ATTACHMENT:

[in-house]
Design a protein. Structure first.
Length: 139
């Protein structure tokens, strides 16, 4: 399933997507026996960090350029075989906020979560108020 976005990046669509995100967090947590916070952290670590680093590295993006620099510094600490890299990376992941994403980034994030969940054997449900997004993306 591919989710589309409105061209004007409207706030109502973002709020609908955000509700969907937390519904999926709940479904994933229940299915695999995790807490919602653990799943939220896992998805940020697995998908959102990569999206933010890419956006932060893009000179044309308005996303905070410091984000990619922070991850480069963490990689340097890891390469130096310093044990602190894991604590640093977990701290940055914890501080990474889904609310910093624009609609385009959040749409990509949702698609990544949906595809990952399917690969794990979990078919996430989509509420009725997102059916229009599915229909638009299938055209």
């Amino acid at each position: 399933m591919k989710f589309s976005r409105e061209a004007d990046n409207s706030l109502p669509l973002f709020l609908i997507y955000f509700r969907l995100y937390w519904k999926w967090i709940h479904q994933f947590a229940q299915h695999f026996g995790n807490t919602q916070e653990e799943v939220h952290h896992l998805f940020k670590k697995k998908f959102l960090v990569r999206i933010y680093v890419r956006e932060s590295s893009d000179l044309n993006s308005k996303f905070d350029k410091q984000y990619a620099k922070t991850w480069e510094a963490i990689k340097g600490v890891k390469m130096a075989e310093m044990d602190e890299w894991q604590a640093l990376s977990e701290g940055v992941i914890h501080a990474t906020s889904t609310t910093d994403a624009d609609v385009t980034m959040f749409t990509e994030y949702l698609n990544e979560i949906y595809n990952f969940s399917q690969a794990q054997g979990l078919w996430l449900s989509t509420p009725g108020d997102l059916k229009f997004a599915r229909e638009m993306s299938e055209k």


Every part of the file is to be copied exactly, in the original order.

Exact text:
[in-house]
Design a protein. Structure first.
Length: 139
């Protein structure tokens, strides 16, 4: 399933997507026996960090350029075989906020979560108020 976005990046669509995100967090947590916070952290670590680093590295993006620099510094600490890299990376992941994403980034994030969940054997449900997004993306 591919989710589309409105061209004007409207706030109502973002709020609908955000509700969907937390519904999926709940479904994933229940299915695999995790807490919602653990799943939220896992998805940020697995998908959102990569999206933010890419956006932060893009000179044309308005996303905070410091984000990619922070991850480069963490990689340097890891390469130096310093044990602190894991604590640093977990701290940055914890501080990474889904609310910093624009609609385009959040749409990509949702698609990544949906595809990952399917690969794990979990078919996430989509509420009725997102059916229009599915229909638009299938055209």
């Amino acid at each position: 399933m591919k989710f589309s976005r409105e061209a004007d990046n409207s706030l109502p669509l973002f709020l609908i997507y955000f509700r969907l995100y937390w519904k999926w967090i709940h479904q994933f947590a229940q299915h695999f026996g995790n807490t919602q916070e653990e799943v939220h952290h896992l998805f940020k670590k697995k998908f959102l960090v990569r999206i933010y680093v890419r956006e932060s590295s893009d000179l044309n993006s308005k996303f905070d350029k410091q984000y990619a620099k922070t991850w480069e510094a963490i990689k340097g600490v890891k390469m130096a075989e310093m044990d602190e890299w894991q604590a640093l990376s977990e701290g940055v992941i914890h501080a990474t906020s889904t609310t910093d994403a624009d609609v385009t980034m959040f749409t990509e994030y949702l698609n990544e979560i949906y595809n990952f969940s399917q690969a794990q054997g979990l078919w996430l449900s989509t509420p009725g108020d997102l059916k229009f997004a599915r229909e638009m993306s299938e055209k």